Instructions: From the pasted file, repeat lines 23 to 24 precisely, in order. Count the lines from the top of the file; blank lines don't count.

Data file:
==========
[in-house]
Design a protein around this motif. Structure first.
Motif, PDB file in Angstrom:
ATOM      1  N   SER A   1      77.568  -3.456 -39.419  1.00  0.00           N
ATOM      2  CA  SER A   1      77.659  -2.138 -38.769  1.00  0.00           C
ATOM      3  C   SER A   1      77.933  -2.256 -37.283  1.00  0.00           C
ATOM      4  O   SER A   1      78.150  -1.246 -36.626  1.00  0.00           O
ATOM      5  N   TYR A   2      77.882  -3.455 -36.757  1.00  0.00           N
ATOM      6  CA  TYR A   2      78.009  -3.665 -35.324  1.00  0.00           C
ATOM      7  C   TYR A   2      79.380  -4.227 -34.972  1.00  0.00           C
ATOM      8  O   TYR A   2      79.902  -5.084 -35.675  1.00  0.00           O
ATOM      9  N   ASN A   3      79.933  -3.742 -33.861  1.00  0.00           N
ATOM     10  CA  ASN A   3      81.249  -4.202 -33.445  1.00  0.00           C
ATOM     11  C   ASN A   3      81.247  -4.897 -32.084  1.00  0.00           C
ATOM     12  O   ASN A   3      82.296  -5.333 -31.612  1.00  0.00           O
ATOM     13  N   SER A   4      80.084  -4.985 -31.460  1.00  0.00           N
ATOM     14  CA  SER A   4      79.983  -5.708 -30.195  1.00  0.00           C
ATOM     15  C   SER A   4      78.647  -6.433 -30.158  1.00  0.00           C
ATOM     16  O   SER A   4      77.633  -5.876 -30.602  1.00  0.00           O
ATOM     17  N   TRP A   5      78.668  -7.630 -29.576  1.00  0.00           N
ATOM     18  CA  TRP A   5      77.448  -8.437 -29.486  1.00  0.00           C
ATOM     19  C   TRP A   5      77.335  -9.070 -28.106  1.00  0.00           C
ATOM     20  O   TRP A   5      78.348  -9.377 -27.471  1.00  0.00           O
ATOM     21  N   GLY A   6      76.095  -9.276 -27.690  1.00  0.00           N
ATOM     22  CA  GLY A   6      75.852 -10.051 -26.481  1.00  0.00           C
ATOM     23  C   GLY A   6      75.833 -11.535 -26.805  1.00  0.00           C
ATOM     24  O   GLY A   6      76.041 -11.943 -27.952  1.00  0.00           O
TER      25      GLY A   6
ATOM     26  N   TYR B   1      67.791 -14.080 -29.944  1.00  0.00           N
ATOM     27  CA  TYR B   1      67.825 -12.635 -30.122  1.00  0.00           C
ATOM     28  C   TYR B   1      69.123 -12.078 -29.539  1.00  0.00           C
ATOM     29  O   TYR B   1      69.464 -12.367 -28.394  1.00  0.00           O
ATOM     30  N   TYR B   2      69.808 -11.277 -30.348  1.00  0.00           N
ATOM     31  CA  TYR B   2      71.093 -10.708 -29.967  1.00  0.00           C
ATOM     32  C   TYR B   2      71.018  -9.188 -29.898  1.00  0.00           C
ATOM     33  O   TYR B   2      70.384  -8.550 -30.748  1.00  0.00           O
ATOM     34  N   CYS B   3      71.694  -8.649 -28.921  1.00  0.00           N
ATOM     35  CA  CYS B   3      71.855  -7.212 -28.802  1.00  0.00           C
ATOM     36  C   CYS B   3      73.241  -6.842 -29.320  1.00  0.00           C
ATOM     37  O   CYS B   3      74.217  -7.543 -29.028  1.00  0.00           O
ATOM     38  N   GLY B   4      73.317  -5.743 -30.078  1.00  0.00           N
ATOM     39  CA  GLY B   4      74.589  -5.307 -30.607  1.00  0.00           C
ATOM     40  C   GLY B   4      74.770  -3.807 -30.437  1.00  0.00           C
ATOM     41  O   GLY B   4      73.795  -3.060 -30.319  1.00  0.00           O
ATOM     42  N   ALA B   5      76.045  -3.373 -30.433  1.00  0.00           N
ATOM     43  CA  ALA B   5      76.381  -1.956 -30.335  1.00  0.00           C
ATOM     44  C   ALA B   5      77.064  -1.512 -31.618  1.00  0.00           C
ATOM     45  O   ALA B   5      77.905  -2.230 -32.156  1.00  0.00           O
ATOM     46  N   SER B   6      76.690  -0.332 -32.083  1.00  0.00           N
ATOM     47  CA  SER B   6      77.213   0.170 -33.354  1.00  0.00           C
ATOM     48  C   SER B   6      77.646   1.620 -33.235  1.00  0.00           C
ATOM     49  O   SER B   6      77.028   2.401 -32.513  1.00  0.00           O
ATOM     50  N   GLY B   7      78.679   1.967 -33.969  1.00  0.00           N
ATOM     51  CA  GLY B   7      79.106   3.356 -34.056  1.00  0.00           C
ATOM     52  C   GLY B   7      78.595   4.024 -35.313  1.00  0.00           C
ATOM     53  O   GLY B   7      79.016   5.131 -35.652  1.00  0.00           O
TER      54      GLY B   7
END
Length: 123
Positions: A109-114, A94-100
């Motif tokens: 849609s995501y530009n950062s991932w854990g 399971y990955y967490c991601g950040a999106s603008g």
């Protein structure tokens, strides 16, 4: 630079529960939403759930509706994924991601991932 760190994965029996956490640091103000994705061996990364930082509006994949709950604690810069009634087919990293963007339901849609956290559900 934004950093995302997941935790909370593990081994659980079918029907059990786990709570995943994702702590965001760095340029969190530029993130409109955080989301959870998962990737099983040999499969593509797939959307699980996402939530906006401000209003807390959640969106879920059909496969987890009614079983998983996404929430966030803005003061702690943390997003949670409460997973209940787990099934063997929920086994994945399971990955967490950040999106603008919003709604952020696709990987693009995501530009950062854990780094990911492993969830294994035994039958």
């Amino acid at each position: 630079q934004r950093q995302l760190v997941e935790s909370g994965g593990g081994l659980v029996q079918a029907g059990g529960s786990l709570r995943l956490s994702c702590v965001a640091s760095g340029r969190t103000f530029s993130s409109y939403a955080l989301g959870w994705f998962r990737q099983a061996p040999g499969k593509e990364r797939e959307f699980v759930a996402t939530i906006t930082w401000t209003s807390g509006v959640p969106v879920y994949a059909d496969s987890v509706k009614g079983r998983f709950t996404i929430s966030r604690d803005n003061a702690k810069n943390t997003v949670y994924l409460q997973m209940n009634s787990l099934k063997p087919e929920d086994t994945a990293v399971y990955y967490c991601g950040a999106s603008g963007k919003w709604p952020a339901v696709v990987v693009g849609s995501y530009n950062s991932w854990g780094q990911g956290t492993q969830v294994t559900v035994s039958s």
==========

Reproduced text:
ATOM     20  O   TRP A   5      78.348  -9.377 -27.471  1.00  0.00           O
ATOM     21  N   GLY A   6      76.095  -9.276 -27.690  1.00  0.00           N